Dyer Mountain 13,855 – West Dyer 13,047 – Mount Evans B 13,577


RT Length: 7.5 miles

Elevation Gain: 3350’

I woke up at 2am and made it to the Lower Iowa Gulch Trailhead at 5:15am, which was much earlier than I’d anticipated.  The drive in is easy on a 2WD dirt road.


There is no official trailhead, so I parked near a tree, gathered my gear, and headed northwest through the base of the amphitheater towards the West Dyer/Dyer saddle.


It was only 1.3 miles to the base of the West Dyer/Dyer saddle.  There isn’t a trail, but the route is fairly obvious, even in the dark.  Just keep heading for the saddle.  Here’s a look back on the basin from the saddle


From the saddle I chose to summit West Dyer Mountain first, an unranked 13er.  I chose my route to reflect my time constraints and sunrise/daylight limitations.  For me it’s a delicate balance between hiking in the dark/daylight (pictures turn out better in the light) and being back at the TH by noon.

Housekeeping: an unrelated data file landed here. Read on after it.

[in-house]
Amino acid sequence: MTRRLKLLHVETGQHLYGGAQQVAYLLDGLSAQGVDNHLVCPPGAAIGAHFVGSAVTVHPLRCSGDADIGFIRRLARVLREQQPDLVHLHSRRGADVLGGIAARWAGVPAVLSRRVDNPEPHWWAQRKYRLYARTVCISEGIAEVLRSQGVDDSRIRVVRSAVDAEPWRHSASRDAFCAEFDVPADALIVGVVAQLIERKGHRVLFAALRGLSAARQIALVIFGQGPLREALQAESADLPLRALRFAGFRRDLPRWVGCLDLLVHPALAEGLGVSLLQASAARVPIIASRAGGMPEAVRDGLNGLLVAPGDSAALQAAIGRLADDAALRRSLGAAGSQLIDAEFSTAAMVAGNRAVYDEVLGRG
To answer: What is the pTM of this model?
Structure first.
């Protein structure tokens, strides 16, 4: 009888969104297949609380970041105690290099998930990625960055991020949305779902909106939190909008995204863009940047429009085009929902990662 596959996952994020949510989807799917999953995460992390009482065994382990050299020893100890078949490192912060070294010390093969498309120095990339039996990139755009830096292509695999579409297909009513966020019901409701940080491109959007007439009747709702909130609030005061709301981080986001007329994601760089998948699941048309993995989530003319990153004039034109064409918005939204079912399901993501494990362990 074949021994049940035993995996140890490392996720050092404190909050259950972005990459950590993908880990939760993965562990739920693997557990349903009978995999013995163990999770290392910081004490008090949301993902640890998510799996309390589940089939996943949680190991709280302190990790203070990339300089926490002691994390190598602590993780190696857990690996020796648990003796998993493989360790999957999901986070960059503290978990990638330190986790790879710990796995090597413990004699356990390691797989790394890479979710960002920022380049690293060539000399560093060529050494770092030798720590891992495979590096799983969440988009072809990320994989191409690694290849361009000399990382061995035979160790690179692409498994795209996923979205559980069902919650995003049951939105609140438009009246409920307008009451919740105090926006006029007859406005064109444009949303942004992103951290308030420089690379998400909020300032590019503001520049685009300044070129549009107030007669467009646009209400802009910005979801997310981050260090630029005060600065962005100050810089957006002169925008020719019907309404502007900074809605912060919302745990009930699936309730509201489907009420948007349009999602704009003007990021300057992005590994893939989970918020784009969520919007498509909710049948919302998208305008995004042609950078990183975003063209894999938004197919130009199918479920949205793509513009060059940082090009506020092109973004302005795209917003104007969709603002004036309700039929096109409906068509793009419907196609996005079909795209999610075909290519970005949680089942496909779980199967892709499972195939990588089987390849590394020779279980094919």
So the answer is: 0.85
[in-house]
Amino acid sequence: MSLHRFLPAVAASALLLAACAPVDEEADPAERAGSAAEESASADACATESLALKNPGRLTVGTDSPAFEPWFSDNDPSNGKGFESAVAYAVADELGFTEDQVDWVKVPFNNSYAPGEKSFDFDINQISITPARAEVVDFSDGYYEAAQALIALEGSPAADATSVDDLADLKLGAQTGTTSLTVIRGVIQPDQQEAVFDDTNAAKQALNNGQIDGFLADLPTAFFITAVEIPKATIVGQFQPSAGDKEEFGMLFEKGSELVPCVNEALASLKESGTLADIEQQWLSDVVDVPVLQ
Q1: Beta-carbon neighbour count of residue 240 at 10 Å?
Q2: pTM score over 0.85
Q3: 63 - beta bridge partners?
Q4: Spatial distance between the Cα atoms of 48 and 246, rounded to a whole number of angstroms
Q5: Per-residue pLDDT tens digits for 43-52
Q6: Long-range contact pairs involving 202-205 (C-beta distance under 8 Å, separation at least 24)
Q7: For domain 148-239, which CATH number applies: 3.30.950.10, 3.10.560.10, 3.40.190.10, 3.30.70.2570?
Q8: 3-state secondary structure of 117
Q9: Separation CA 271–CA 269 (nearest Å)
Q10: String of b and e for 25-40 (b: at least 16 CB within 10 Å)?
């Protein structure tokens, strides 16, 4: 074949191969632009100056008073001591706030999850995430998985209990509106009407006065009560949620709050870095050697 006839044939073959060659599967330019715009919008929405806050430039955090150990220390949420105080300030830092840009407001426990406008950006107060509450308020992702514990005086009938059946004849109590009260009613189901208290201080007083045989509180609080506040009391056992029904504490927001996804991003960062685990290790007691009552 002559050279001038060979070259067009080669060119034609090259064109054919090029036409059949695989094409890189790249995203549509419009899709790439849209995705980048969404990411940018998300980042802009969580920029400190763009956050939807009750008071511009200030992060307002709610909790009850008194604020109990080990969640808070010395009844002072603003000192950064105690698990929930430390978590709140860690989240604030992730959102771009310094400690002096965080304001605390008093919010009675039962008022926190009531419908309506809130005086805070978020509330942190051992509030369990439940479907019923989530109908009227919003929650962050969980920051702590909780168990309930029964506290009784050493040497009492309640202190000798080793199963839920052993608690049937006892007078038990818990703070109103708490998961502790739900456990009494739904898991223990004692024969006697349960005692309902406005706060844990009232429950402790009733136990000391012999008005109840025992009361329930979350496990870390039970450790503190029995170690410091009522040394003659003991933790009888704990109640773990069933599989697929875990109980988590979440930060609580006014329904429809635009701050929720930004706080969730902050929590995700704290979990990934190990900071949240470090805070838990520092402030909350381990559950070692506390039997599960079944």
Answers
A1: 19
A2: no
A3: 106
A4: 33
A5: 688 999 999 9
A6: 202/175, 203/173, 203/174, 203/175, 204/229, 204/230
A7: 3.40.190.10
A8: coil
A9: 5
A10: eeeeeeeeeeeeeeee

It takes so long for the sun to rise in the fall!  I wanted to summit and get pictures, but I also needed to be back at my truck by noon so I could drive home in time to pick up my daughter from school and start our day.  So while I was hiking slowly because I wanted to get pictures from the summit in the daylight, I also wanted to get in as much hiking as possible today.  In any event, after the saddle I turned west and hiked .2 miles to the summit of West Dyer Mountain, slowly, willing the sun to rise.  I summited at 6:20am, while it was still dark.  I took some pictures of the summit and waited for the sun to rise.  But it just wasn’t happening.